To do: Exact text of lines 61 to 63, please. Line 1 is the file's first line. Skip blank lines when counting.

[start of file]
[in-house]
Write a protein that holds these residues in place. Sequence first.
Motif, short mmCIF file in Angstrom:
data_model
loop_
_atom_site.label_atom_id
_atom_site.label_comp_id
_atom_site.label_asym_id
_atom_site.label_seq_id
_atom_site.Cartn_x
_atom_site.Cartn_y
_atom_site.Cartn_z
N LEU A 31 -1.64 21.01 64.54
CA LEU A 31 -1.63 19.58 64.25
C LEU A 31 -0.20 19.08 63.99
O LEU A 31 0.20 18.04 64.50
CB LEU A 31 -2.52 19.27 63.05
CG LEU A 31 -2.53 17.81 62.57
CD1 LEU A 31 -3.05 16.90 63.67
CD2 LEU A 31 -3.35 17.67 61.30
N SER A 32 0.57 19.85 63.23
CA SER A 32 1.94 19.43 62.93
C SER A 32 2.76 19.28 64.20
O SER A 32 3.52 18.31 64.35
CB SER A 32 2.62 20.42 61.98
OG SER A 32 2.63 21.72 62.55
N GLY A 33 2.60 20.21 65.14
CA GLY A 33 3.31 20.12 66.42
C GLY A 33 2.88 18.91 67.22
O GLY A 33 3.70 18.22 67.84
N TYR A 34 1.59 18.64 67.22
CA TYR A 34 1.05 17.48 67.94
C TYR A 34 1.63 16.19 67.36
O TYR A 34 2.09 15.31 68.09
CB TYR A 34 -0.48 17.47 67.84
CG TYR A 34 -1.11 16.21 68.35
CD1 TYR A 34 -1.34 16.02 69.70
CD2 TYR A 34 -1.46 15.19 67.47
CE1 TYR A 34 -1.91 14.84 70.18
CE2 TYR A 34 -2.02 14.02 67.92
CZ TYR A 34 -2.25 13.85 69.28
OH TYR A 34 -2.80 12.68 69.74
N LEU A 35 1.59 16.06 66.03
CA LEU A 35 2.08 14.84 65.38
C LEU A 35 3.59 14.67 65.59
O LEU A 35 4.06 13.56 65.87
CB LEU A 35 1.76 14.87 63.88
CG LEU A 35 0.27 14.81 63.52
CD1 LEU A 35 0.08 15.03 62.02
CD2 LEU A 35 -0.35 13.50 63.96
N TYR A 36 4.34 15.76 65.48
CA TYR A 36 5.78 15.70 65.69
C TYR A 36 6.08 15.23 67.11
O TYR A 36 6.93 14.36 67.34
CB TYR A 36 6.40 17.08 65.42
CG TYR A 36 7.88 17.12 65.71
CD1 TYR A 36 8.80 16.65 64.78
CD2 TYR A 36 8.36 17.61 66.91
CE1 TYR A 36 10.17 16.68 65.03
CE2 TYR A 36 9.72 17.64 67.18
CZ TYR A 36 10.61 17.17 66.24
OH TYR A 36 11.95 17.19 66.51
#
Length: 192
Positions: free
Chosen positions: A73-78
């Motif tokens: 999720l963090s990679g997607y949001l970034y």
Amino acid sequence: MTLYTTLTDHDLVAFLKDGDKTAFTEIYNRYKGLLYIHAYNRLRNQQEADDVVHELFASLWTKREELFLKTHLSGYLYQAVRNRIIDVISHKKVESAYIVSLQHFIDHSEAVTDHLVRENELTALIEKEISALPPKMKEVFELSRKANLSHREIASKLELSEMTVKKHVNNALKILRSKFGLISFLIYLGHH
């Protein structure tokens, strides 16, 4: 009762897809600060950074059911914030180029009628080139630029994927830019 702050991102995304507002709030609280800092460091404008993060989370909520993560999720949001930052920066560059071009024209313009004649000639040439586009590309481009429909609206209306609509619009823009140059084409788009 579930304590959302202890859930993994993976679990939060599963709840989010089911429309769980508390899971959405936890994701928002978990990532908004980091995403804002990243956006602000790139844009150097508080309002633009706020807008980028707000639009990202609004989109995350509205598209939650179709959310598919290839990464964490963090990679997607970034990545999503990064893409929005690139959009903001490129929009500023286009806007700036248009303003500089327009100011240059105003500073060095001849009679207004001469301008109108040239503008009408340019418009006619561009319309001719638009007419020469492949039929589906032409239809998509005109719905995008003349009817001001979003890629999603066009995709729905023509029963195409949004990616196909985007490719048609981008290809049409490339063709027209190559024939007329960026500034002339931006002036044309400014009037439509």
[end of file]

CZ TYR A 36 10.61 17.17 66.24
OH TYR A 36 11.95 17.19 66.51
#